Minor salivary glands
In minor salivary glands, weak to moderate positivity for neurofibromin was observed in the apical portion of the mucous acinar cells (Fig. 4a). Moderate positivity was seen in the cytoplasm of ductal cells. Neurofibromin was expressed in 57 % of the total area of the ducts and 49 % of the total area of acini.
In the submandibular glands, moderate to strong positivity for neurofibromin was found throughout the cytoplasm of the serous acinar cells (Fig. 4b). Moderate positivity was seen in the cytoplasm of the ductal cells. Neurofibromin was expressed in an average of 47 % of the total area of the acini and 52 % of the total area of the ducts.
In the sublingual gland, moderate to strong positivity for neurofibromin was found throughout the cytoplasm of the serous acinar cells and in the apical portion of the mucous acinar cells (Fig. 4c). Moderate positivity was seen in the cytoplasm of the ductal cells. Neurofibromin was expressed in 31 % of the total area of the acini and 35 % of the total area of the ducts.
In the parotid glands, weak positivity for neurofibromin was found in the cytoplasm of the apical portion of the serous acinar cells (Fig. 4d). Moderate positivity was seen in the cytoplasm of the ductal cells. Neurofibromin was expressed in 23 % of the total area of the acini and 66 % of the total area of the ducts.
Kimura et al. , in an immunohistochemical study on pheochromocytoma and tumors associated with NF1, found expression of neurofibromin in the ducts of a salivary gland used as a control. Nevertheless, there are no details on the expression of neurofibromin neither which type of salivary gland was investigated. To the best of our knowledge there are no other studies on the expression of neurofibromin in normal salivary glands tissues.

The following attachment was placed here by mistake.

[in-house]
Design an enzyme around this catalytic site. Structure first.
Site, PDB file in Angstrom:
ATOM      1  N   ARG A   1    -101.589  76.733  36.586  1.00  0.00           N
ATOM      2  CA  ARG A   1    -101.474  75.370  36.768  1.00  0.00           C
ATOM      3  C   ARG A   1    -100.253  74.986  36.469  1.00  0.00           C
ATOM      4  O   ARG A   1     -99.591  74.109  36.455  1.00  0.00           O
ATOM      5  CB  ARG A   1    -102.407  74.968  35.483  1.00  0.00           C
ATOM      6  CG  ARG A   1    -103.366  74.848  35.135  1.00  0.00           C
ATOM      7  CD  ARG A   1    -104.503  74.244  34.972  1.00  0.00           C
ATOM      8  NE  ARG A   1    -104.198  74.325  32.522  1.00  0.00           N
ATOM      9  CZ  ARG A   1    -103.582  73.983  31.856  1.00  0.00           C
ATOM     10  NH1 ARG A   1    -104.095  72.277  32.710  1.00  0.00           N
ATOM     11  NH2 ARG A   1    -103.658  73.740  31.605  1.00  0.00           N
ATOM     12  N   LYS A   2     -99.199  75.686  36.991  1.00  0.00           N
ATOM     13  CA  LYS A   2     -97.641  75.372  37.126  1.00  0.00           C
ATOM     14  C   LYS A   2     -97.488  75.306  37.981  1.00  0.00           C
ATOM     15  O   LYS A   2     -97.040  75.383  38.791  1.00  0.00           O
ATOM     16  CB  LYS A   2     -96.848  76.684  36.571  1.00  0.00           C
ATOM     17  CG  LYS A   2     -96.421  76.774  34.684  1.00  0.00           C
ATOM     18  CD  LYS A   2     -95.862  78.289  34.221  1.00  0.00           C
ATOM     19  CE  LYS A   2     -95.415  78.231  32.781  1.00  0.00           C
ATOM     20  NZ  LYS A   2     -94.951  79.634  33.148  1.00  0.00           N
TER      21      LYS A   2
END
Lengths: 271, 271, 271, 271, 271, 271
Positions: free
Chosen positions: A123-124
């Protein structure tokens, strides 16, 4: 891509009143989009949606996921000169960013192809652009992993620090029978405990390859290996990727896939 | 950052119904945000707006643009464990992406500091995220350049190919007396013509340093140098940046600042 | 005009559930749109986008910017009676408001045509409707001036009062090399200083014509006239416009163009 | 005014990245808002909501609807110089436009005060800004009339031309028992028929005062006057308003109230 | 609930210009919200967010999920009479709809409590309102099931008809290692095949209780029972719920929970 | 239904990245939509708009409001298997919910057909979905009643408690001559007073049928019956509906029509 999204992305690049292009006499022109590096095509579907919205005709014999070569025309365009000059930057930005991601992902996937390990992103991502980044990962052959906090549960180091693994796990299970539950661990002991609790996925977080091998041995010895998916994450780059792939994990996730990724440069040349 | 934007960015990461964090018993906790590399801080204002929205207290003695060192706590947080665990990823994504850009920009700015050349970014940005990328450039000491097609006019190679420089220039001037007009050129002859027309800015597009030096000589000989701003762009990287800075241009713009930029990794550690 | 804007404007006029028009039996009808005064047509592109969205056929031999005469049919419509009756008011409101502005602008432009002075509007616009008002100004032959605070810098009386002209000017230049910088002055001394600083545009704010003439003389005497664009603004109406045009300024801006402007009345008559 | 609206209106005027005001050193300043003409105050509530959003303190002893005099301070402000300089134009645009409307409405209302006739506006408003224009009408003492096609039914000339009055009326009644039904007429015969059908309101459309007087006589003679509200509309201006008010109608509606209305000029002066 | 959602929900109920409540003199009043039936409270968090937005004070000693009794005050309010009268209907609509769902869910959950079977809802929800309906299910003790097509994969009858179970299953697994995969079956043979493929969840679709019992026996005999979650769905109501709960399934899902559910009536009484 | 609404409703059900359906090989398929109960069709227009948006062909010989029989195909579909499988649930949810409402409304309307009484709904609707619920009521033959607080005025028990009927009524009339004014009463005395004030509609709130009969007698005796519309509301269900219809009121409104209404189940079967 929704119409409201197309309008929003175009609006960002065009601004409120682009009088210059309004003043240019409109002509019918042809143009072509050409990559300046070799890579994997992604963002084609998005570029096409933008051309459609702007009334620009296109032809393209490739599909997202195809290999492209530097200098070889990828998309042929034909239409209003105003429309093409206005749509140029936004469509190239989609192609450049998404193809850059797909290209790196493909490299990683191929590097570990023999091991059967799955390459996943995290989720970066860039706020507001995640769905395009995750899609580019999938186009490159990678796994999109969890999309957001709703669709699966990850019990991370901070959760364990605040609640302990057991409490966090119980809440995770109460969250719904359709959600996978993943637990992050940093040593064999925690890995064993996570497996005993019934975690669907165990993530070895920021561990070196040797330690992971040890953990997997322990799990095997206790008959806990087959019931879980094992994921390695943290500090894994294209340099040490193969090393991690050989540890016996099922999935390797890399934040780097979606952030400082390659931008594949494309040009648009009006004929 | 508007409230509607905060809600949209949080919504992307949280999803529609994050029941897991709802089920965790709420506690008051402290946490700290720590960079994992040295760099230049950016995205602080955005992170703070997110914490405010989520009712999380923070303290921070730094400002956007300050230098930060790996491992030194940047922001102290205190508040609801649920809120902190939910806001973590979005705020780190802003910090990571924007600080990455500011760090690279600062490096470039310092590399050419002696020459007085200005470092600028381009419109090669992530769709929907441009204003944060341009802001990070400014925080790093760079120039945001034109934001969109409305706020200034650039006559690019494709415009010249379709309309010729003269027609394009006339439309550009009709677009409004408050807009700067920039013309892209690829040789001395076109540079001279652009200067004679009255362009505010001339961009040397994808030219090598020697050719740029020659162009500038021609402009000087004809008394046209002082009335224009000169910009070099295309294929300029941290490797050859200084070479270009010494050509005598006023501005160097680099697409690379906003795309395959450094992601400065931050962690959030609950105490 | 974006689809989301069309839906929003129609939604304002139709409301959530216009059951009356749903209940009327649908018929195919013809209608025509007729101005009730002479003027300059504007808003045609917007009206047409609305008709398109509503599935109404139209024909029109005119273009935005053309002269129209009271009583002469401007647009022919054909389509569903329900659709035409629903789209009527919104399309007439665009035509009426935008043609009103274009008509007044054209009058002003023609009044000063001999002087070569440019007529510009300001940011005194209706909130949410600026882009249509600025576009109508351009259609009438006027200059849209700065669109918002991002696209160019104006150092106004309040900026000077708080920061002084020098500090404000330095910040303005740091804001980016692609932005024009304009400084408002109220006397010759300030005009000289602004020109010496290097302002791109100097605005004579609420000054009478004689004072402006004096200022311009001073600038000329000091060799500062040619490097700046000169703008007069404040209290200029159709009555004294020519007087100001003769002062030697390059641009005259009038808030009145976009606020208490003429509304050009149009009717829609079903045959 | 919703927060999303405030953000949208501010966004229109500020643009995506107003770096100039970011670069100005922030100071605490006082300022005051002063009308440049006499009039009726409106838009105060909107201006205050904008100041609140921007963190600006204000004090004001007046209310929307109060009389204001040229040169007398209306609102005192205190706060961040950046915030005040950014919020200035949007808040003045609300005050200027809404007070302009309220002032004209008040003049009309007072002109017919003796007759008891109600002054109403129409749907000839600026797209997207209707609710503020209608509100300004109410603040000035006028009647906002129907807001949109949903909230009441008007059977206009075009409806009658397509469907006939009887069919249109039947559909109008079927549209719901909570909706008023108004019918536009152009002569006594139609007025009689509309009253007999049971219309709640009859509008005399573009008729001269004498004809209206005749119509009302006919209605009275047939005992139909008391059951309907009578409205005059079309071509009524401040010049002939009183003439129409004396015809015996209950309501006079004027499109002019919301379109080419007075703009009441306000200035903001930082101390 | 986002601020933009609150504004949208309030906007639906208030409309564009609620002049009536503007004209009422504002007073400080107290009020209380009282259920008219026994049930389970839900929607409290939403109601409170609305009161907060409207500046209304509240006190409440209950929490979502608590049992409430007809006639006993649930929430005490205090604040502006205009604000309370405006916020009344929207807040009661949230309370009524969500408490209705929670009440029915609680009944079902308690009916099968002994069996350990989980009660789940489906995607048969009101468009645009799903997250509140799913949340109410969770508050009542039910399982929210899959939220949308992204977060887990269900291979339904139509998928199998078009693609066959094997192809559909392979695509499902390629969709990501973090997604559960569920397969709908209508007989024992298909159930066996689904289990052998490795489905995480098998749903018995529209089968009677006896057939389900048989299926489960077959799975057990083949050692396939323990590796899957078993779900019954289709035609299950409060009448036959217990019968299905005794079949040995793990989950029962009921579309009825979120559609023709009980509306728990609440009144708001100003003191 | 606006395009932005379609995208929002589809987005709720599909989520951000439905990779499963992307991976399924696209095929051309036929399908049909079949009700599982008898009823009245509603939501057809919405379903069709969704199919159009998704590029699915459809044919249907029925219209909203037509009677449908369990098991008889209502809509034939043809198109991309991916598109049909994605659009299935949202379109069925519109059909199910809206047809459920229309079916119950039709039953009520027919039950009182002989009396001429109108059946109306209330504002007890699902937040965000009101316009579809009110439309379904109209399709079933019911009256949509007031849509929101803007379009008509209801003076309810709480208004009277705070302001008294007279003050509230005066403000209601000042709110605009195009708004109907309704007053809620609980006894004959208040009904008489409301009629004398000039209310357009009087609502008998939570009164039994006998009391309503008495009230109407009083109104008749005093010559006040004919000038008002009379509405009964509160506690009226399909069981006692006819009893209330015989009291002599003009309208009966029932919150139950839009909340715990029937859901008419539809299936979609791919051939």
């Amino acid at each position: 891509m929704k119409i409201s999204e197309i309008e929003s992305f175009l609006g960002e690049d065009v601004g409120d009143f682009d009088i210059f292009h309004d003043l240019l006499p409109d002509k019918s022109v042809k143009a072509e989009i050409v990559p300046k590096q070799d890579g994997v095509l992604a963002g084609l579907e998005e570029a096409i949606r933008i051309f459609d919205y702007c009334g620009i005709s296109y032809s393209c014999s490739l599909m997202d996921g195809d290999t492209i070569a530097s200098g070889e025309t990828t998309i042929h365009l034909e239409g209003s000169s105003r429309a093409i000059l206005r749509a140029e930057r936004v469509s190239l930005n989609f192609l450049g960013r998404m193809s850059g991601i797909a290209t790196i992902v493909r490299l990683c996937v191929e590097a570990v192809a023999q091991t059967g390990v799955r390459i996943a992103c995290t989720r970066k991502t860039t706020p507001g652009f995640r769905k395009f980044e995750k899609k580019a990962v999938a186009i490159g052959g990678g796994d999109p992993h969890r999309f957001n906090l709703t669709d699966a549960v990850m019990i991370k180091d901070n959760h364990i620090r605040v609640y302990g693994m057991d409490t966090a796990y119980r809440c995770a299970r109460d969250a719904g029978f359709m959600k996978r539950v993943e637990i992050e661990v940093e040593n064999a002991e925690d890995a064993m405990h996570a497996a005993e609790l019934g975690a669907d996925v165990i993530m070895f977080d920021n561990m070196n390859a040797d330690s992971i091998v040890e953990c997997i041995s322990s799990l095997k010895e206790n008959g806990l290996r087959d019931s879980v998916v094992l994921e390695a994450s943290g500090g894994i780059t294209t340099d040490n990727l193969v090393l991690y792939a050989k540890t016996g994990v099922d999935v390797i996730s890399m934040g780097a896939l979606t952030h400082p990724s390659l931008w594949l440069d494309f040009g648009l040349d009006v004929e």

This study is the first to show, using an antibody that detects all the five known isoforms of neurofibromin, that this protein is expressed in the cytoplasm of all types of adult salivary glands, in mucous and serous acinar cells, as well as in the ductal cells, and is independent of age and sex. Neurofibromin had a higher expression level in ducts than acini and there were no differences in the expression considering the different salivary glands. Depending on the type of salivary gland and location (ducts or acini), neurofibromin expression varied from weak to strong.
Neurofibromin is a large protein that presents a GTPase-activating protein (GAP) related domain (GRD) . Therefore, as other GAP proteins, one of its functions is to accelerate the hydrolysis of Ras-GTP to Ras-GDP, converting the active GTP (guanosine triphosphate) bound form to an inactive GDP (guanosine diphosphate) bound form, and thereby negatively regulating the Ras signal . Ras is a family of related proteins belonging to a class called small GTPases, involved in transmitting signals from growth factor receptors to various downstream signaling molecules that eventually alter gene expression in the nucleus, regulating many major cellular processes, such as cell proliferation and differentiation, migration, apoptosis, and morphology . Neurofibromin has also a role in the development and homeostasis in many tissues . Although the function of neurofibromin in the salivary glands’ development, morphology and function is largely unknown, its expression in salivary glands tissues found in this study, the high prevalence of hyposalivation in NF1 individuals, and its known interaction with other proteins involved in embryogenesis and physiology of the salivary glands, suggests that neurofibromin present an important role in these processes.